V= L dI/Dt, that is, voltage equals inductance multiplied by the rate of change of current. THAT part is simple, but since the inductance is affected by the level of magnetic saturation, which is controlled by the current, it gets a bit complicated.So really there is a a second derivative product aside from the rate of current change. The actual inductance is changing and at the same time the current is changing. So it gets rather tricky
 

Thread Starter

Wendy

Joined Mar 24, 2008
23,065
Which brings us to our next circuit:

#2.png
If the inducter would you try to create one amp across this resistor that would be 10 mega volts, which is a ridiculous number and therefore suspect not sure where the breakdown is.
 
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Papabravo

Joined Feb 24, 2006
19,570
Here is the somewhat boring simulation of the original circuit
1657395699802.png
As you can see the current divides between the inductor and the resistor, and the switch has no noticeable effect.
 

crutschow

Joined Mar 14, 2008
31,112
If there is no significant (or a very large) shunt resistance, the voltage of the inductive spike is likely limited by the parasitic capacitance in the circuit (both internal to the inductor and from the external connections, assuming arcing or insulation breakdown doesn't occur first).
The peak voltage occurs when the all the inductive energy has been transferred to the capacitance, with the time determined by the LC resonant frequency.
This peak is then determined by 1/2 LI² = 1/2 CV² or V = √(LI² / C).
 

Thread Starter

Wendy

Joined Mar 24, 2008
23,065
Here is the somewhat boring simulation of the original circuit
View attachment 271149
As you can see the current divides between the inductor and the resistor, and the switch has no noticeable effect.
thing of it is, there is no AC feeding this circuit current that is divided between the the inductor which is near 0 ohms, and the 10 ohm resistor so most of the current will go through the inductor regardless how you simulate it, think DC.
 

Papabravo

Joined Feb 24, 2006
19,570
I have no idea what you are talking about. I'm just opening and closing the switch. There is no "AC here. You might want to rethink the use of a current source for your example. Maybe come up with a circuit that actually shows the effect you are looking for.
EDIT: This might be what you are looking for. The slope of the inductor current accurately predicts the voltage spike on turnoff.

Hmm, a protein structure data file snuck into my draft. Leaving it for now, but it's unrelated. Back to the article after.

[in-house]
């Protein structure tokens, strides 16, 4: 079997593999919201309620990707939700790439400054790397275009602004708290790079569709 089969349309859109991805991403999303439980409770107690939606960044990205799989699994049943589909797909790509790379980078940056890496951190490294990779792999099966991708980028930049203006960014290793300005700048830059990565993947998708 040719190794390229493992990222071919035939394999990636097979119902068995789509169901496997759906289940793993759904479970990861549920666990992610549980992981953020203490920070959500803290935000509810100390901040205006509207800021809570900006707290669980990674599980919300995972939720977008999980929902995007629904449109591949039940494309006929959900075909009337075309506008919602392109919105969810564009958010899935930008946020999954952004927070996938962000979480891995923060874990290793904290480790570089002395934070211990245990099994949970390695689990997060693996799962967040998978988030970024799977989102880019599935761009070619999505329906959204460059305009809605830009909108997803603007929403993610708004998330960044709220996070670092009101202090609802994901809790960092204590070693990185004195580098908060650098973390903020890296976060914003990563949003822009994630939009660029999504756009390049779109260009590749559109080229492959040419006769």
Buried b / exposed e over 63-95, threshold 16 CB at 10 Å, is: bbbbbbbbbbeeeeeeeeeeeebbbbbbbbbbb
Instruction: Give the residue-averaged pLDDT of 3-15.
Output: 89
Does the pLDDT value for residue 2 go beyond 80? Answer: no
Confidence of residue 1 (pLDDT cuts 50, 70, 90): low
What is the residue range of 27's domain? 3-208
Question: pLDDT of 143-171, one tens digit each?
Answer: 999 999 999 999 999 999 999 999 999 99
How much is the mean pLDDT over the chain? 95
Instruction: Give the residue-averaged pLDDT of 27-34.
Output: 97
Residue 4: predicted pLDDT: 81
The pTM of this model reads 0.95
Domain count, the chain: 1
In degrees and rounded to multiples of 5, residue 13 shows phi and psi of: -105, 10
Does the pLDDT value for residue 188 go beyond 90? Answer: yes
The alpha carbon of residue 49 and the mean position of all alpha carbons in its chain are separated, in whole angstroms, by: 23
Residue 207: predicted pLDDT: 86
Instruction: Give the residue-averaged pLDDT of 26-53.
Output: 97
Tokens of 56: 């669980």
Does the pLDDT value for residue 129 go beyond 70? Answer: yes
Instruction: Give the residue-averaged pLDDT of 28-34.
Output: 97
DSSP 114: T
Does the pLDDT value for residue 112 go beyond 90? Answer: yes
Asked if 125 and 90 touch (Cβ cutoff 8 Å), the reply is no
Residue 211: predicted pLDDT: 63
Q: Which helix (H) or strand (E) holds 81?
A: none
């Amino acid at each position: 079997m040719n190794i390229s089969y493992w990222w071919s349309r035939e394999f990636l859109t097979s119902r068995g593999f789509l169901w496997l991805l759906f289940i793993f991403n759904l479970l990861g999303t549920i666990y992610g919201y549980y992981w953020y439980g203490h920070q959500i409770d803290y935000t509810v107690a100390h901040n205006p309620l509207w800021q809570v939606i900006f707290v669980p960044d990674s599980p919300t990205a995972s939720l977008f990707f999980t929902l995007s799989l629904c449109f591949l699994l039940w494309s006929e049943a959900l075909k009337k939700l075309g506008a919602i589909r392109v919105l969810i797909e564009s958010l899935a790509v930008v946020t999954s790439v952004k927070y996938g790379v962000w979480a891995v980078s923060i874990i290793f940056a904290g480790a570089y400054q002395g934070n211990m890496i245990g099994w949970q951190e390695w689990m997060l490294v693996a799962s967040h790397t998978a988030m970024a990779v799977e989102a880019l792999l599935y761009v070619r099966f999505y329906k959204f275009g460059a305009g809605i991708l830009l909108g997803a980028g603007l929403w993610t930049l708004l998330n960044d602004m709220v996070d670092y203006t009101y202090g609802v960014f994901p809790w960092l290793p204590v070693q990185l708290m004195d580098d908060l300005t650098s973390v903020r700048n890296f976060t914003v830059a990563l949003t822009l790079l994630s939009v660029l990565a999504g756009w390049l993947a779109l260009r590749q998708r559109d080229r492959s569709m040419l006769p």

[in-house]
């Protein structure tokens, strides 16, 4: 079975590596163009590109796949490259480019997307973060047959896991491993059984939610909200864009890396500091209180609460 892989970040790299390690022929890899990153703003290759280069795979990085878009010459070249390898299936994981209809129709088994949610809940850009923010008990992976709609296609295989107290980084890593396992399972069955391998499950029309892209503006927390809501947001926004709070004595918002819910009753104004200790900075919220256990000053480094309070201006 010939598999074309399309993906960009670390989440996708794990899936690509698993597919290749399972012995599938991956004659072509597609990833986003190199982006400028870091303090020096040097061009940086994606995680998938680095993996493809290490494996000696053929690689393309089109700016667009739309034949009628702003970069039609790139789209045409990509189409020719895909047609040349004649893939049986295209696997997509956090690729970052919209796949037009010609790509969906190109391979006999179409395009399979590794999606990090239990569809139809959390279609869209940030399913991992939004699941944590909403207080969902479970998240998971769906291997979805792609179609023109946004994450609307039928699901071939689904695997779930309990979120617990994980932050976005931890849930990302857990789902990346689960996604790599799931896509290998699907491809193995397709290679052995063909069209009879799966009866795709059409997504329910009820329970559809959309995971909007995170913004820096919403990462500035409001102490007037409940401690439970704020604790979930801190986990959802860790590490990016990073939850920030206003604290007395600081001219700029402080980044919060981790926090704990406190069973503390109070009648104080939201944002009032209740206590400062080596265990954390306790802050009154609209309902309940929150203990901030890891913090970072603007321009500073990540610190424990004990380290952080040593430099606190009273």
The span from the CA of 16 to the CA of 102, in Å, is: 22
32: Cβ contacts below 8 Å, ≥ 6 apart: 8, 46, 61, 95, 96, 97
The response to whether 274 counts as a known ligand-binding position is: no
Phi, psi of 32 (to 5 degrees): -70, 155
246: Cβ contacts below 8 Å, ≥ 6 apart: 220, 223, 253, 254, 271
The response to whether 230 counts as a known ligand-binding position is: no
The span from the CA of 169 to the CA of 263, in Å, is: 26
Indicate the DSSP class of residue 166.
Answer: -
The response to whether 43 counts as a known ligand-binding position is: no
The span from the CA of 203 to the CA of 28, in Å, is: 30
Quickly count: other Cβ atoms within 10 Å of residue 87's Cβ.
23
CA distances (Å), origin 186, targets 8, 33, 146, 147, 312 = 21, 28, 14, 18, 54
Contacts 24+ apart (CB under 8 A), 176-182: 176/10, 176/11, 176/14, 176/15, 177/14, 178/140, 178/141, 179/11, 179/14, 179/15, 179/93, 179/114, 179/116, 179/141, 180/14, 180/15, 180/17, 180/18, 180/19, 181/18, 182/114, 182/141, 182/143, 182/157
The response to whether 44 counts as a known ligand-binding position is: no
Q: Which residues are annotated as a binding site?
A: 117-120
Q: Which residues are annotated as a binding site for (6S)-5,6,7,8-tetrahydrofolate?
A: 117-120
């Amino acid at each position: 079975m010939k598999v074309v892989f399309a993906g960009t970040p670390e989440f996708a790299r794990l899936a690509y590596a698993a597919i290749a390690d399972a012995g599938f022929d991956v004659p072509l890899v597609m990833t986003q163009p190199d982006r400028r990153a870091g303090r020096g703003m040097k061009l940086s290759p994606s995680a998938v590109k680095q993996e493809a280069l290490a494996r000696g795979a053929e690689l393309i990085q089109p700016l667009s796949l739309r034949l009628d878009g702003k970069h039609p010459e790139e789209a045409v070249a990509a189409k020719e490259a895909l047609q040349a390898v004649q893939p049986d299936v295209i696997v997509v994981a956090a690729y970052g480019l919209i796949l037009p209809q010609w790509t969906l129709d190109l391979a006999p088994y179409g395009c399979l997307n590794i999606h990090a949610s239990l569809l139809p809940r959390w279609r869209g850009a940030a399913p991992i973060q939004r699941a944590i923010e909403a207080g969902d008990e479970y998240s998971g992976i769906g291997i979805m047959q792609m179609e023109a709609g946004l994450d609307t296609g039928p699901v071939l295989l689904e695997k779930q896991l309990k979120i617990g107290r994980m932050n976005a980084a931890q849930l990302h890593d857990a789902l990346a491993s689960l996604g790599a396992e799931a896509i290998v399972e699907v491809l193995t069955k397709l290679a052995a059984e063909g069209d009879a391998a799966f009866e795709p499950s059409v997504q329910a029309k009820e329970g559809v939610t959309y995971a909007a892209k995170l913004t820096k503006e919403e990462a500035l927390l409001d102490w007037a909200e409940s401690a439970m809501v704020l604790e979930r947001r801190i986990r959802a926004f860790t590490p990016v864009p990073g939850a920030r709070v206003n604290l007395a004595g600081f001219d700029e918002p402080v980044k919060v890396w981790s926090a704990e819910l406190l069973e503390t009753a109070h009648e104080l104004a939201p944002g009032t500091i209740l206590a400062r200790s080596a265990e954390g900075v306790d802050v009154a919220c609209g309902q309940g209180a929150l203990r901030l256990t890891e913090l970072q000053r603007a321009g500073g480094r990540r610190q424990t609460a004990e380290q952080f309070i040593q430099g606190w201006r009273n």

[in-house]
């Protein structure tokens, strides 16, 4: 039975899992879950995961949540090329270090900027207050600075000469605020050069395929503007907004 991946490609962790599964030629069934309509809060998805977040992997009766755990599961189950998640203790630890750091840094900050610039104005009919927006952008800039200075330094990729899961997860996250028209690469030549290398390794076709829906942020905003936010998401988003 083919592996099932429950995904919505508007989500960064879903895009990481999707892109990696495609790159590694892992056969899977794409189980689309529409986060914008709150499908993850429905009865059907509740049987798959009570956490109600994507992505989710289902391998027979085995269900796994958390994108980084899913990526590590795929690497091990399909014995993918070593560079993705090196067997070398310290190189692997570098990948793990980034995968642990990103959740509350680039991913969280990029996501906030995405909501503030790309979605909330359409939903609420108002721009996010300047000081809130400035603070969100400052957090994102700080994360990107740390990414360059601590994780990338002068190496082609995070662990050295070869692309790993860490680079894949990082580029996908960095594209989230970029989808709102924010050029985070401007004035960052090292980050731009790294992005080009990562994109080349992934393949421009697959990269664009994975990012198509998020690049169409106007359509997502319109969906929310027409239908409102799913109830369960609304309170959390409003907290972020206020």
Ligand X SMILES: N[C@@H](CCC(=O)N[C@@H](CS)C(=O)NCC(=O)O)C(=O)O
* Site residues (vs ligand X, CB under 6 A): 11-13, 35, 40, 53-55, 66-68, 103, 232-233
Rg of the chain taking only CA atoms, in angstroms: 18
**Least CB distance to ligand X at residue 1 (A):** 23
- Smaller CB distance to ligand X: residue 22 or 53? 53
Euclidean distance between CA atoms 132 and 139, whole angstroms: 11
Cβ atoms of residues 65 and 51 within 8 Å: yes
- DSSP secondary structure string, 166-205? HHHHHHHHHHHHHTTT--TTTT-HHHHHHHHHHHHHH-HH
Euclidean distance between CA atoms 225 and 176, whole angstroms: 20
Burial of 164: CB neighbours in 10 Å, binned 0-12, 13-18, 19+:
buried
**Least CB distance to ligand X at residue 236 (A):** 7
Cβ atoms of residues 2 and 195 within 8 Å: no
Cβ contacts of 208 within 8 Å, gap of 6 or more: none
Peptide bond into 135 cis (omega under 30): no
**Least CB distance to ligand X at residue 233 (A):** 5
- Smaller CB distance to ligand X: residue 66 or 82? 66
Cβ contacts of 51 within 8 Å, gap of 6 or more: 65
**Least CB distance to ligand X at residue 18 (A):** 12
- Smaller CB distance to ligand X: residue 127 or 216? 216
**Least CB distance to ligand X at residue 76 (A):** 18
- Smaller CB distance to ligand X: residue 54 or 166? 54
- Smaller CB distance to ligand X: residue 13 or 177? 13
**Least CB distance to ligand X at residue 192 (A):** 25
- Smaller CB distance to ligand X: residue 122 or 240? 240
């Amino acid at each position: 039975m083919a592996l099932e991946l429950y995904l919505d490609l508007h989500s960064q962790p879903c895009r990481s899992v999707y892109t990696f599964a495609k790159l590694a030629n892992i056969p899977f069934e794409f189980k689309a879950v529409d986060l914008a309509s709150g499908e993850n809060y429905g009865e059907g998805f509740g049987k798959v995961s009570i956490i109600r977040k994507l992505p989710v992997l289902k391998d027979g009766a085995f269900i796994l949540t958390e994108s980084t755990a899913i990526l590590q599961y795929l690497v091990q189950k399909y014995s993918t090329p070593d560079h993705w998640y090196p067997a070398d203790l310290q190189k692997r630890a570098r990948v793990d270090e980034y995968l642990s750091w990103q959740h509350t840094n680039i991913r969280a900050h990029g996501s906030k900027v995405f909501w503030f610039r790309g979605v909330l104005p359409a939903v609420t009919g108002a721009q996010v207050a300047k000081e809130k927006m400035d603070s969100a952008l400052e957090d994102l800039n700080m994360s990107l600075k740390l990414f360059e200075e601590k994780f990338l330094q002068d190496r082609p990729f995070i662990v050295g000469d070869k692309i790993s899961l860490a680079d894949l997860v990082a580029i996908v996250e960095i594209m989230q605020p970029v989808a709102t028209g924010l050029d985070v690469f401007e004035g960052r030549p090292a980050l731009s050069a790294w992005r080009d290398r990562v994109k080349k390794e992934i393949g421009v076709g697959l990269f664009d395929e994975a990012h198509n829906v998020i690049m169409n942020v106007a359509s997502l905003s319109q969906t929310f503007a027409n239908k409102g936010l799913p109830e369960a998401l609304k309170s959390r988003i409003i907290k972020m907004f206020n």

1657402443536.png
 
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xox

Joined Sep 8, 2017
794
it is given by:

\( L\cfrac{di}{dt} \)

This computation happens all the time in SMPS circuits, and it depends on the nature of the disconnection and possible alternative conduction paths. For example, a diode in parallel with the inductor or the diode in a buck converter.
Doesn't the actual peak voltage also depend to one degree or another on the overall construction of the inductor? I mean a carefully wound coil with a specialized geometry would likely produce a higher voltage spike than a cheaper component, wouldn't it?
 

Papabravo

Joined Feb 24, 2006
19,570
Doesn't the actual peak voltage also depend to one degree or another on the overall construction of the inductor? I mean a carefully wound coil with a specialized geometry would likely produce a higher voltage spike than a cheaper component, wouldn't it?
No. I don't see any monetary units in the expression for voltage.
 

crutschow

Joined Mar 14, 2008
31,112
I mean a carefully wound coil with a specialized geometry would likely produce a higher voltage spike than a cheaper component, wouldn't it?
Only if it has a significantly different value of parasitic parallel capacitance (see post #11).
 

xox

Joined Sep 8, 2017
794
Only if it has a significantly different value of parasitic parallel capacitance (see post #11).
I see. So as far as DC circuits go it wouldn't have much of an effect anyway.

No. I don't see any monetary units in the expression for voltage.
Oh well isn't there supposed to be a term there to account for the distance from Shenzhen and the component's point of production? Asking for a friend.
 

Papabravo

Joined Feb 24, 2006
19,570
I see. So as far as DC circuits go it wouldn't have much of an effect anyway.



Oh well isn't there supposed to be a term there to account for the distance from Shenzhen and the component's point of production? Asking for a friend.
No units of distance from Shenzhen either. Where did you learn your dimensional analysis. Oh....wait maybe you skipped that module.
It is true that a Volt has units of joules/coulomb, so maybe if the charges started from there it would have some meaning.